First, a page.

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A young girl named Scout is the narrator of To Kill a Mockingbird, by Harper Lee; because she is young, Scout does not always fully understand things people say. One of the people who helps Scout understand the most important lessons in life, in addition to her father, is Miss Maudie Atkinson, the neighbor woman who lives across the street.
By chapter five of the novel, the author has established Miss Maudie as a credible, sensible, and reliable character (unlike some of the other characters in Maycomb); so what she says carries great weight both with Scout and with the readers. In addition to teaching Scout (as well as Jem and Dill) manners and respect, Miss Maudie teaches Scout several important truths about her father (Atticus) in this chapter.
The first concerns being judgmental. The "foot-washin' Baptists" routinely criticize Miss Maudie for loving her flower garden; they condemn her for admiring beauty, but Miss Maudie is not deterred. When Scout asks her about it, the older woman tries to explain.
“You are too young to understand it,” she said, “but sometimes the Bible in the hand of one man is worse than a whiskey bottle in the hand of—oh, of your father.” I [Scout] was shocked. “Atticus doesn’t drink whiskey,” I said. “He never drunk a drop in his life—nome, yes he did. He said he drank some one time and didn’t like it.”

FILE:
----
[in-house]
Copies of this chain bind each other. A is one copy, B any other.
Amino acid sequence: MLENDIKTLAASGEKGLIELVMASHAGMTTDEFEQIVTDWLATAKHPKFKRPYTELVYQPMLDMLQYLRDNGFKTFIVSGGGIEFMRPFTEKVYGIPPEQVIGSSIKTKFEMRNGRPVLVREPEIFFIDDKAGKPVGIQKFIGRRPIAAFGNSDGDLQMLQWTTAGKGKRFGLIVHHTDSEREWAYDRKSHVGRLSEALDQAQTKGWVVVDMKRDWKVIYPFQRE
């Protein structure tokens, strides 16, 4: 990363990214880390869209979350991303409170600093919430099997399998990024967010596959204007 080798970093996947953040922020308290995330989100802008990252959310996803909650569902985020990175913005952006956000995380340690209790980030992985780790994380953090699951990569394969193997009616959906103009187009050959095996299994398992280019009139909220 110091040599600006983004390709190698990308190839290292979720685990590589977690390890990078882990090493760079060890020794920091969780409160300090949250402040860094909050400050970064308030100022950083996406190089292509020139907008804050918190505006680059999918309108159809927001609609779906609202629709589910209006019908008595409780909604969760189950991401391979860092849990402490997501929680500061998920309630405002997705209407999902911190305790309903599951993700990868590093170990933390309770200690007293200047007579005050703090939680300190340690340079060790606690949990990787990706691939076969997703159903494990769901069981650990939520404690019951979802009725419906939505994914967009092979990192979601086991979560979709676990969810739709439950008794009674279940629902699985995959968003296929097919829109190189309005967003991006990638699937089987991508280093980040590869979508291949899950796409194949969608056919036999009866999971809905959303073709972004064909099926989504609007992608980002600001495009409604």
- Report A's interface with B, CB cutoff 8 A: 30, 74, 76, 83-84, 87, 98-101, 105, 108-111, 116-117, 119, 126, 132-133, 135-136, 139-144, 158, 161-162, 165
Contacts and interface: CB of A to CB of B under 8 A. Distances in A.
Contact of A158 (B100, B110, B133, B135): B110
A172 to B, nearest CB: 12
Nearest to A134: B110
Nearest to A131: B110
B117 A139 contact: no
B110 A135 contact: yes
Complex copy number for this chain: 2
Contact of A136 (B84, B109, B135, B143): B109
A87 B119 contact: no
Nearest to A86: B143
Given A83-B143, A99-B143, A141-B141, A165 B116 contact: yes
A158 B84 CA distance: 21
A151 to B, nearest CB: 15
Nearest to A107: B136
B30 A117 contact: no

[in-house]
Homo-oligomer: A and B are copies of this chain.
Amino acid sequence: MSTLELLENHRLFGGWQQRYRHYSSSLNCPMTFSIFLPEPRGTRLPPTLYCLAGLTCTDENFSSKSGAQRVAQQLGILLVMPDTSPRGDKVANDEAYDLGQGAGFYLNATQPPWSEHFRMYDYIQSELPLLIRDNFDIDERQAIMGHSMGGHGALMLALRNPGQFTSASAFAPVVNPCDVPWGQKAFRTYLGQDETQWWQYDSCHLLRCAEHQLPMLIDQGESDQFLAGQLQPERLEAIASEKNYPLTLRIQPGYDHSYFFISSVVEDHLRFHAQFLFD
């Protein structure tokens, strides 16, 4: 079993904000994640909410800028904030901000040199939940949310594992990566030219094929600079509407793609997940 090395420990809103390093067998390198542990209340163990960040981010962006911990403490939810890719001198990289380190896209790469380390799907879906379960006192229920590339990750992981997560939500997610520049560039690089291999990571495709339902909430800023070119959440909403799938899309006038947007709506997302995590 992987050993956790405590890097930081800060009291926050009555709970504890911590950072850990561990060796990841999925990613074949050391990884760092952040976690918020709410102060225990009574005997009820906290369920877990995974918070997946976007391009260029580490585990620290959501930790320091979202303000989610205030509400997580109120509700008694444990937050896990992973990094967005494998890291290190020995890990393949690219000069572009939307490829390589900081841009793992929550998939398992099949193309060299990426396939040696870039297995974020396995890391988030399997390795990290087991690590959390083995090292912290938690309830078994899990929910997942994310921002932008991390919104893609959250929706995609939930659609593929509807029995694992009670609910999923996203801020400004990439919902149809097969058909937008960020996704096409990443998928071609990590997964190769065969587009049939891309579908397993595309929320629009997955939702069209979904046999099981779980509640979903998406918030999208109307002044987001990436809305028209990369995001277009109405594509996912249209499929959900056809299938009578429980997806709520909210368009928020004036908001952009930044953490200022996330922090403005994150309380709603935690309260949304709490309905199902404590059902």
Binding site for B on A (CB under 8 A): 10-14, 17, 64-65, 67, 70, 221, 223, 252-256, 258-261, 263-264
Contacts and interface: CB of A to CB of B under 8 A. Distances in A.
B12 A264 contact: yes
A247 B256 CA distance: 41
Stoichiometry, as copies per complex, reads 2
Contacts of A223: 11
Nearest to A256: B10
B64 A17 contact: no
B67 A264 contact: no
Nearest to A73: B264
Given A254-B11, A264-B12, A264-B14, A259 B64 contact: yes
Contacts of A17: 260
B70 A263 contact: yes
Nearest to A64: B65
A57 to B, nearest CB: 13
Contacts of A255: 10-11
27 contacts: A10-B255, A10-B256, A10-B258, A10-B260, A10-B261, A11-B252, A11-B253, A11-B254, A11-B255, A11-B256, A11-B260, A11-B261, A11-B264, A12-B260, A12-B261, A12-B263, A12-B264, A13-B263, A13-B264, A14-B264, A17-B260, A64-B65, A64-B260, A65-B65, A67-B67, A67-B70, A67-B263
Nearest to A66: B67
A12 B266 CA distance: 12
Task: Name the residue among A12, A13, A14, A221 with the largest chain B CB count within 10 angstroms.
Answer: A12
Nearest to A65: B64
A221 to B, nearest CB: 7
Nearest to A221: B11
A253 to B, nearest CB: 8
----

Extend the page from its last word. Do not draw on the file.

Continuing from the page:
Obviously Scout does not understand what Miss Maudie is trying to say, so she goes on to explain it in a way that Scout will understand:
Miss Maudie laughed. “Wasn’t talking about your father,” she said. “What I meant was, if Atticus Finch drank until he was drunk he wouldn’t be as hard as some men are at their best. There are just some kind of men who—who’re so busy worrying about the next world they’ve never learned to live in this one, and you can look down the street and see the results.”
This is a significant quote because, in addition to condemning "religiosity," it highlights the non-judgmental character of Atticus Finch, something which will be significant to know about him as the novel progresses.
Another important quote from Miss Maudie also reflects Atticus's excellent and steady character. She tells Scout that "Atticus Finch is the same in his house as he is on the public streets." This truth does not seem particularly significant to Scout; but again, readers and others who have lived long enough all know this is not always the case. This quote is a tribute to Atticus and prepares us for the trials (one of them literal) which are imminent. Whatever we see and hear Atticus say to his children is the same thing we will hear from him in the courtroom.
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